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Lipid microdomains are formed when lipids undergo lateral phase separations yielding stable coexisting lamellar domains. These phase separations can be induced by changes in temperature, pressure, ionic strength or by the addition of divalent cations or proteins. The question of whether such lipid microdomains observed in model lipid systems also exist in biomembranes had motivated considerable research efforts. Lipid domains are not readily isolated and examined as unique species, in contrast to the examples of lateral heterogeneity. One can disrupt the membrane and demonstrate a heterogeneous range of composition in the population of the resulting vesicles or fragments. Electron microscopy can also be used to demonstrate lateral inhomogeneities in biomembranes.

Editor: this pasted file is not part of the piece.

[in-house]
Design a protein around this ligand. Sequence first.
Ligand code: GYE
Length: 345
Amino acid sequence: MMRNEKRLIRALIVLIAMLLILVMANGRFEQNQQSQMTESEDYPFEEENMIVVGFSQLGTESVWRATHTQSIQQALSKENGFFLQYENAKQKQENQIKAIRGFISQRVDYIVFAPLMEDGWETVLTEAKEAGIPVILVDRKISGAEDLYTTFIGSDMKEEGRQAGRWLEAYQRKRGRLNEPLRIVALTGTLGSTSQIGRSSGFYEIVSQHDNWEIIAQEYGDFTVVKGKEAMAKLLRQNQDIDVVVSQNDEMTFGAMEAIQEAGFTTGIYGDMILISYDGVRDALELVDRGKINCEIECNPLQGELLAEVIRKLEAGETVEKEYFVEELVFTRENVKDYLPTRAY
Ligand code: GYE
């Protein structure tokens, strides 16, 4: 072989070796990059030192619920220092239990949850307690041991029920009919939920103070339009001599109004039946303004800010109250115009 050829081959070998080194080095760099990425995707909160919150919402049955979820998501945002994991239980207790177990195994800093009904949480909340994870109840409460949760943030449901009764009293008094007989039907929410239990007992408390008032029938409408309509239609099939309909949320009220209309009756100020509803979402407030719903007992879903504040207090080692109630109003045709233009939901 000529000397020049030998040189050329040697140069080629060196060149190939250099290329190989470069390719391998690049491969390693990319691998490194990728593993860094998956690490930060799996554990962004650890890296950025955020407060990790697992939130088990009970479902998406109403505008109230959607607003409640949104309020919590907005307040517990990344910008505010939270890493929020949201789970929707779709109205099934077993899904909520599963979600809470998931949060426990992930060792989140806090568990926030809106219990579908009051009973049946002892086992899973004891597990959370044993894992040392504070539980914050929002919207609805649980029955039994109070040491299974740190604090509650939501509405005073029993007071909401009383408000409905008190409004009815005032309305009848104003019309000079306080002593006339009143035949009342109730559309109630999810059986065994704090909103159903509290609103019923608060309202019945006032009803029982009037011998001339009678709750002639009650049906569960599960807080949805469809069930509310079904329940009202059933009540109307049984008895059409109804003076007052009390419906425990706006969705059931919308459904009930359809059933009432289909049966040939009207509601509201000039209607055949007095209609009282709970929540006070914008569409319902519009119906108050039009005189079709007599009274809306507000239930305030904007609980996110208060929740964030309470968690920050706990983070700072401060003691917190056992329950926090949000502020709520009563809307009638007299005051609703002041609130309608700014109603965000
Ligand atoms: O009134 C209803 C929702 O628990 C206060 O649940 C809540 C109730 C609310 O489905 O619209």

Often, lateral heterogeneity has been inferred from biophysical techniques where the observed signal indicates multiple populations rather than the expected homogenous population. An example of this is the measurement of the diffusion coefficient of a fluorescent lipid analogue in soybean protoplasts. Membrane microheterogeneity is sometimes inferred from the behavior of enzymes, where the enzymatic activity does not appear to be correlated with the average lipid physical state exhibited by the bulk of the membrane. Often, the methods suggest regions with different lipid fluidity, as would be expected of coexisting gel and liquid crystalline phases within the biomembrane. This is also the conclusion of a series of studies where differential effects of perturbation caused by cis and trans fatty acids are interpreted in terms of preferential partitioning of the two liquid crystalline and gel-like domains.
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